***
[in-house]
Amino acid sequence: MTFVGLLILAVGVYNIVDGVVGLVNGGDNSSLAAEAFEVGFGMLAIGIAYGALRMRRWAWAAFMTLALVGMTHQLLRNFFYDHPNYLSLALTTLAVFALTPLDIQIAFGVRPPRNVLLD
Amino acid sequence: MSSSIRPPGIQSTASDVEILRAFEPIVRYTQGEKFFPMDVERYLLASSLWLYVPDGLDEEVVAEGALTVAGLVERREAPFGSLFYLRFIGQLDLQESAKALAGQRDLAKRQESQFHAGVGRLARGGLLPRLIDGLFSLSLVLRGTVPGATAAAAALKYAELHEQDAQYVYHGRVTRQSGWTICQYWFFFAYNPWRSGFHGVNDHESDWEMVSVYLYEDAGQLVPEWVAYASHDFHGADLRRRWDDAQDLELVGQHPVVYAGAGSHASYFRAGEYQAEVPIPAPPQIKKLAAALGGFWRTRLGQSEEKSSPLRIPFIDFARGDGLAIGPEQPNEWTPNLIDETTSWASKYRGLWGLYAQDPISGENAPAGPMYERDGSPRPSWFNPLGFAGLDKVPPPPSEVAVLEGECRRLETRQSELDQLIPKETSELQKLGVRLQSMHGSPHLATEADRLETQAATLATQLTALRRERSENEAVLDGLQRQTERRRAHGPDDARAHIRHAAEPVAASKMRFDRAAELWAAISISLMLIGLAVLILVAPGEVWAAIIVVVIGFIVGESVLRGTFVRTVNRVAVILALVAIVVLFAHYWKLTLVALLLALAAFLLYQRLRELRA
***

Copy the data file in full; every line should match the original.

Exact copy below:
[in-house]
Amino acid sequence: MTFVGLLILAVGVYNIVDGVVGLVNGGDNSSLAAEAFEVGFGMLAIGIAYGALRMRRWAWAAFMTLALVGMTHQLLRNFFYDHPNYLSLALTTLAVFALTPLDIQIAFGVRPPRNVLLD
Amino acid sequence: MSSSIRPPGIQSTASDVEILRAFEPIVRYTQGEKFFPMDVERYLLASSLWLYVPDGLDEEVVAEGALTVAGLVERREAPFGSLFYLRFIGQLDLQESAKALAGQRDLAKRQESQFHAGVGRLARGGLLPRLIDGLFSLSLVLRGTVPGATAAAAALKYAELHEQDAQYVYHGRVTRQSGWTICQYWFFFAYNPWRSGFHGVNDHESDWEMVSVYLYEDAGQLVPEWVAYASHDFHGADLRRRWDDAQDLELVGQHPVVYAGAGSHASYFRAGEYQAEVPIPAPPQIKKLAAALGGFWRTRLGQSEEKSSPLRIPFIDFARGDGLAIGPEQPNEWTPNLIDETTSWASKYRGLWGLYAQDPISGENAPAGPMYERDGSPRPSWFNPLGFAGLDKVPPPPSEVAVLEGECRRLETRQSELDQLIPKETSELQKLGVRLQSMHGSPHLATEADRLETQAATLATQLTALRRERSENEAVLDGLQRQTERRRAHGPDDARAHIRHAAEPVAASKMRFDRAAELWAAISISLMLIGLAVLILVAPGEVWAAIIVVVIGFIVGESVLRGTFVRTVNRVAVILALVAIVVLFAHYWKLTLVALLLALAAFLLYQRLRELRA